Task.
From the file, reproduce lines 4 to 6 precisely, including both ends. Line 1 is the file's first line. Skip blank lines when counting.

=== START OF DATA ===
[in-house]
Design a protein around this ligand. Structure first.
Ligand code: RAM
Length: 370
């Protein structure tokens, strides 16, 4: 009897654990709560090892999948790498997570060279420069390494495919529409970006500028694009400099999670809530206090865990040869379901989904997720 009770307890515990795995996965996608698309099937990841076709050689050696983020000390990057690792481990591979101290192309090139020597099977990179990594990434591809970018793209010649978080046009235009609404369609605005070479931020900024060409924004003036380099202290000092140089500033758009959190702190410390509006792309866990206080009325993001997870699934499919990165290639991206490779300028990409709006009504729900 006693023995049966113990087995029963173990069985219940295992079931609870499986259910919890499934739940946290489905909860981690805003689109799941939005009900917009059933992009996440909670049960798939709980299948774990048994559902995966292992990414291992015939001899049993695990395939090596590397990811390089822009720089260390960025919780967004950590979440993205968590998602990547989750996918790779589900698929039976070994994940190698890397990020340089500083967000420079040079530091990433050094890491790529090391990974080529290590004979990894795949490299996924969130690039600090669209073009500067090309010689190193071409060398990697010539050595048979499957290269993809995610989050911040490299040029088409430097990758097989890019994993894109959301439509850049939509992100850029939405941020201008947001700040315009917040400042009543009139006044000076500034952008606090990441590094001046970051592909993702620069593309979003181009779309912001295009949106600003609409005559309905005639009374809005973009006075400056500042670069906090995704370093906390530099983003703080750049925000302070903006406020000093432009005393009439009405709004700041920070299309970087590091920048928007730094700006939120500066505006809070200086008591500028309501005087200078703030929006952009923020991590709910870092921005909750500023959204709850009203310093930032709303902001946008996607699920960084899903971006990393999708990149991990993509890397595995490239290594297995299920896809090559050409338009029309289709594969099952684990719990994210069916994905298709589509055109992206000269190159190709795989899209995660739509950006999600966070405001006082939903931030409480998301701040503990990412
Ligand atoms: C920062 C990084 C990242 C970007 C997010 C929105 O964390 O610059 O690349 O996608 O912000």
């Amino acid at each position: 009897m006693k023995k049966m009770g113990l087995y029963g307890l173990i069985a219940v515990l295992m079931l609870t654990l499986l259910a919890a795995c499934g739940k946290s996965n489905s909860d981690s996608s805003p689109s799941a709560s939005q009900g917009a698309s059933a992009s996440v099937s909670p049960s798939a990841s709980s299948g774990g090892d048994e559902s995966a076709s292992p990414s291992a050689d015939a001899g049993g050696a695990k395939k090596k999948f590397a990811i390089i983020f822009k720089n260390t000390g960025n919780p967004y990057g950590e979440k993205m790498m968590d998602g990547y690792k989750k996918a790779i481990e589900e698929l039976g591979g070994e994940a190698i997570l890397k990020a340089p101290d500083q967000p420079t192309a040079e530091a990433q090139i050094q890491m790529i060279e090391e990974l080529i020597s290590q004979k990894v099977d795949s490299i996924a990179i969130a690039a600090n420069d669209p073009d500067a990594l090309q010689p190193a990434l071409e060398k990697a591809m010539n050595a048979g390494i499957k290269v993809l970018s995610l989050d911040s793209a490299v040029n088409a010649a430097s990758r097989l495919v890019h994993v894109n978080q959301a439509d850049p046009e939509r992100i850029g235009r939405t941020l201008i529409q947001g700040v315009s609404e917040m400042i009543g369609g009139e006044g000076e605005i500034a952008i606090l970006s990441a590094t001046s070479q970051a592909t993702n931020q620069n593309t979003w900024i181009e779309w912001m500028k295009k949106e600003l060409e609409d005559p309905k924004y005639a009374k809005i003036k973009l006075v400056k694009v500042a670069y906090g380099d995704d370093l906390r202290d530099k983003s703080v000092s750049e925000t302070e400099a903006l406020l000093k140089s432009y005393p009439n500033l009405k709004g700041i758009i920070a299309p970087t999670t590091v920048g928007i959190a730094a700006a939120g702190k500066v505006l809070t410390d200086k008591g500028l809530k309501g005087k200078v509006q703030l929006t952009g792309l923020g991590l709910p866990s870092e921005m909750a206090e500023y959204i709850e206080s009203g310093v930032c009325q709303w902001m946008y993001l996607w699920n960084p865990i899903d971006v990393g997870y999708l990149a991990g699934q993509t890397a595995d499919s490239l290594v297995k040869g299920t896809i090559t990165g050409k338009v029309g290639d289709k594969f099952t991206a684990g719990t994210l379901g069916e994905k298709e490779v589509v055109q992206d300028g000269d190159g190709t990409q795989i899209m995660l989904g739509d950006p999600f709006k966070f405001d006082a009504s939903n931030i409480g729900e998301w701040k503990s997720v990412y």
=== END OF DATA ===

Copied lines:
Length: 370
């Protein structure tokens, strides 16, 4: 009897654990709560090892999948790498997570060279420069390494495919529409970006500028694009400099999670809530206090865990040869379901989904997720 009770307890515990795995996965996608698309099937990841076709050689050696983020000390990057690792481990591979101290192309090139020597099977990179990594990434591809970018793209010649978080046009235009609404369609605005070479931020900024060409924004003036380099202290000092140089500033758009959190702190410390509006792309866990206080009325993001997870699934499919990165290639991206490779300028990409709006009504729900 006693023995049966113990087995029963173990069985219940295992079931609870499986259910919890499934739940946290489905909860981690805003689109799941939005009900917009059933992009996440909670049960798939709980299948774990048994559902995966292992990414291992015939001899049993695990395939090596590397990811390089822009720089260390960025919780967004950590979440993205968590998602990547989750996918790779589900698929039976070994994940190698890397990020340089500083967000420079040079530091990433050094890491790529090391990974080529290590004979990894795949490299996924969130690039600090669209073009500067090309010689190193071409060398990697010539050595048979499957290269993809995610989050911040490299040029088409430097990758097989890019994993894109959301439509850049939509992100850029939405941020201008947001700040315009917040400042009543009139006044000076500034952008606090990441590094001046970051592909993702620069593309979003181009779309912001295009949106600003609409005559309905005639009374809005973009006075400056500042670069906090995704370093906390530099983003703080750049925000302070903006406020000093432009005393009439009405709004700041920070299309970087590091920048928007730094700006939120500066505006809070200086008591500028309501005087200078703030929006952009923020991590709910870092921005909750500023959204709850009203310093930032709303902001946008996607699920960084899903971006990393999708990149991990993509890397595995490239290594297995299920896809090559050409338009029309289709594969099952684990719990994210069916994905298709589509055109992206000269190159190709795989899209995660739509950006999600966070405001006082939903931030409480998301701040503990990412
Ligand atoms: C920062 C990084 C990242 C970007 C997010 C929105 O964390 O610059 O690349 O996608 O912000």